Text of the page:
Reviewed by Unique Cars and Parts
Our Rating: 3
It was more than a coincidence that the FE Holden had a strong family resemblance to the 1956
Opel Kapitan, made by General Motors' German factory, given that the dies for some of the body panels were shipped from Germany. But important changes of detail gave the Holden a distinctive look of its own. With its bold tail treatment and pronounced dip in the fender line at the rear door, it looked longer, lower, more American.
For the time it also looked extremely modern. At a time when the grille was arguably the most distinguishing feature of any new model, the FE had a very attractive one. The engine was the same "grey
" as used in the FJ Holden
, although the FE was fitted with a 12 volt electrical system (replacing the previous 6 volt system) - the only visible difference was that a Lucas
generator and voltage regulator were used, the ignition coil was attached to the block near the distributor (instead of on the bulkhead), and the high-tension wires from distributor to plugs were kept farther away from the engine, to preserve the insulation.
Other changes in the engine compartment included a side-mounted 12-volt battery
and two master cylinders on the bulkhead - one for the brakes, one for the hydraulic clutch, the use of bigger valves
, the inlet manifold was slightly modified and compression was lifted to 6.8:1 upping the power to 53 kW instead of the usual 45 kW. A fully sealed re-circulating-ball steering-box was now used – as seen in the FE launch commercial at the bottom of the page.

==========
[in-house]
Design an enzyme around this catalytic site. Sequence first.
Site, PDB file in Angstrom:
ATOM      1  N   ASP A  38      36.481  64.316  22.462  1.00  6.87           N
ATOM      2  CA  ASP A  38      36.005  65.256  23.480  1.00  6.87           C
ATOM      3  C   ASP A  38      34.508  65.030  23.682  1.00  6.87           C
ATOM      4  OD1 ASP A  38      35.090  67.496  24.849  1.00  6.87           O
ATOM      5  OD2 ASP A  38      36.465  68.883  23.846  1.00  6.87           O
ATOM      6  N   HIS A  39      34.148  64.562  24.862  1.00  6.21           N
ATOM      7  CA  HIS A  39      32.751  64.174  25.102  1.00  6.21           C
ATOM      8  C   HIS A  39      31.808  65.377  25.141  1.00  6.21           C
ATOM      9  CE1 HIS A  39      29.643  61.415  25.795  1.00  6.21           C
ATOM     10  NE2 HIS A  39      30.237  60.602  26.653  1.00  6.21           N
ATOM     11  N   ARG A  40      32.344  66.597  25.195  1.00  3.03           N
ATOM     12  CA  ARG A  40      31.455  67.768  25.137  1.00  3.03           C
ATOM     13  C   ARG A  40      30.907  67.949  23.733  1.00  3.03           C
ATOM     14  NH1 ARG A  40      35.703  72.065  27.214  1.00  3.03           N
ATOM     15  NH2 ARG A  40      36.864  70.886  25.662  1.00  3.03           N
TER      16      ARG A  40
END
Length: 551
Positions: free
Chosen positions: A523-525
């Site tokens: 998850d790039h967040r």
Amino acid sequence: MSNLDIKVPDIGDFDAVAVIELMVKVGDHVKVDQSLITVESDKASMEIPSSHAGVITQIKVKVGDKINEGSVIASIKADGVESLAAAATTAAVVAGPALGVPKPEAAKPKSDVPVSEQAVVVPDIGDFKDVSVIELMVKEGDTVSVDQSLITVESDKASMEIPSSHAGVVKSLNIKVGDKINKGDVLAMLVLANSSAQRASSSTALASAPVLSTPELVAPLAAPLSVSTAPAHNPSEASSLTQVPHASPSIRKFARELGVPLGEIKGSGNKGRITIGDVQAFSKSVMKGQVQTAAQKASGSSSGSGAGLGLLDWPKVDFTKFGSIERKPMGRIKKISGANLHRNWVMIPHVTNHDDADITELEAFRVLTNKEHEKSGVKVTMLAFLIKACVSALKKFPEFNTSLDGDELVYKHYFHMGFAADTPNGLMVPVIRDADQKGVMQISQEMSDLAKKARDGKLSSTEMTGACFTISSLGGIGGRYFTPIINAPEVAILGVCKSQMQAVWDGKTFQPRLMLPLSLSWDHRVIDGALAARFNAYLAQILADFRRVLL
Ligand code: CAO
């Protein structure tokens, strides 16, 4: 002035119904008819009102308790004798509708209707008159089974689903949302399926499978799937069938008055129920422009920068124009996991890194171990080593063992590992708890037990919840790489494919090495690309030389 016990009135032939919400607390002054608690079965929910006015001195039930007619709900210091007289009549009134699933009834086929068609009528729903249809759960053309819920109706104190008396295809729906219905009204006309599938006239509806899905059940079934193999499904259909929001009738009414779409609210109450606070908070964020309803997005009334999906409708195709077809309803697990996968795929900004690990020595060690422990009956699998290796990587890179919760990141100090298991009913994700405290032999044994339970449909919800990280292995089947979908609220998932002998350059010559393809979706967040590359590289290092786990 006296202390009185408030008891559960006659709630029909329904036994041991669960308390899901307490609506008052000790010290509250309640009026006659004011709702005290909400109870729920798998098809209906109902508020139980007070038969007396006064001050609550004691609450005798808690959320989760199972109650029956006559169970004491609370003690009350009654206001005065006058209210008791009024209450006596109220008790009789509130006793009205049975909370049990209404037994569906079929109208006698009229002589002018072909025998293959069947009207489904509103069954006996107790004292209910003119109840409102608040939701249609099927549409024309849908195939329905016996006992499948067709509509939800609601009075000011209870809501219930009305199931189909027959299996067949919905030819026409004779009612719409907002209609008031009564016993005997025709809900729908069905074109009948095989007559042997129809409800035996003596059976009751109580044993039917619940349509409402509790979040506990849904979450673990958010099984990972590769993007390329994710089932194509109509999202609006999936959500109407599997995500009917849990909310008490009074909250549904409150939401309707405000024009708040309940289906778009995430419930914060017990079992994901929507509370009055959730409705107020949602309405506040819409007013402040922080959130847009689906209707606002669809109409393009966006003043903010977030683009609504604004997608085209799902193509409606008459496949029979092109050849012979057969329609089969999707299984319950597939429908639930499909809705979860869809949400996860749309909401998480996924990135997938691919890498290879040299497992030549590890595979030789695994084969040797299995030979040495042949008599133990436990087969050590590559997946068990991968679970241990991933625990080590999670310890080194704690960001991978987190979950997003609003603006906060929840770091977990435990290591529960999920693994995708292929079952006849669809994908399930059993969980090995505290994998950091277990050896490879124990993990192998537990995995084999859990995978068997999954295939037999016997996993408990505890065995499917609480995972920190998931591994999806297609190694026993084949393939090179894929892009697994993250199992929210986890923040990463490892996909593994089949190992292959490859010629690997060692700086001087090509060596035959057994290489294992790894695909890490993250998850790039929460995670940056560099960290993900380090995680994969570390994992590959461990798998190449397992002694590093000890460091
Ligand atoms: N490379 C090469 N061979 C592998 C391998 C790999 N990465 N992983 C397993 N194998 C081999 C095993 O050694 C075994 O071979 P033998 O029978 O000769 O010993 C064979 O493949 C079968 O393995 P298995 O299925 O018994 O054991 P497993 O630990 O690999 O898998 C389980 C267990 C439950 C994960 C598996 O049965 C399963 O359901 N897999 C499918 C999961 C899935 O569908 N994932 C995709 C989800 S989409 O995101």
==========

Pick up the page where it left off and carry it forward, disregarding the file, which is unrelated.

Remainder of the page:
The front suspension
dispensed with the tubular cross-member of the FJ
, using instead a box section structure with a tongue forward to provide a three-point attachment to the sub-chassis that carried the engine and front end. Unequal wishbones were fitted, and the telescopic shock-absorbers were carried inside the sturdy coil springs
. There was also an anti-roll bar
The rear suspension
was by semi-elliptic springs and inclined telescopic shock-absorbers, which was the same as on the FJ
, but on the FE the spring leaves were narrower, and more rubber was used in the mounting on to the axle plate. No anti-roll or stabiliser bar was used at the rear. Strangely the wheels were smaller, but at the time this was very much a design trend, the 13-inch steel wheels of the FJ
being replaced by 13 inch versions, being shod with tubeless four-ply 6.40 by 13 tyres
as standard. But on the plus side, the wheels were now wider, at 4.5 inches.
Inside the FE Holden
Inside the FE the interior was appreciably roomier - and, of course, much lighter, thanks to the curved one-piece windscreen and wraparound rear window. The finish was generally improved, and the Special model offered attractive two-tone upholstery in an unusual design. The hand controls' had nothing unusual about them. The two-spoke steering wheel was not "dished" for safety, was the trend on most U.S. cars of the time. A plain, straight gear lever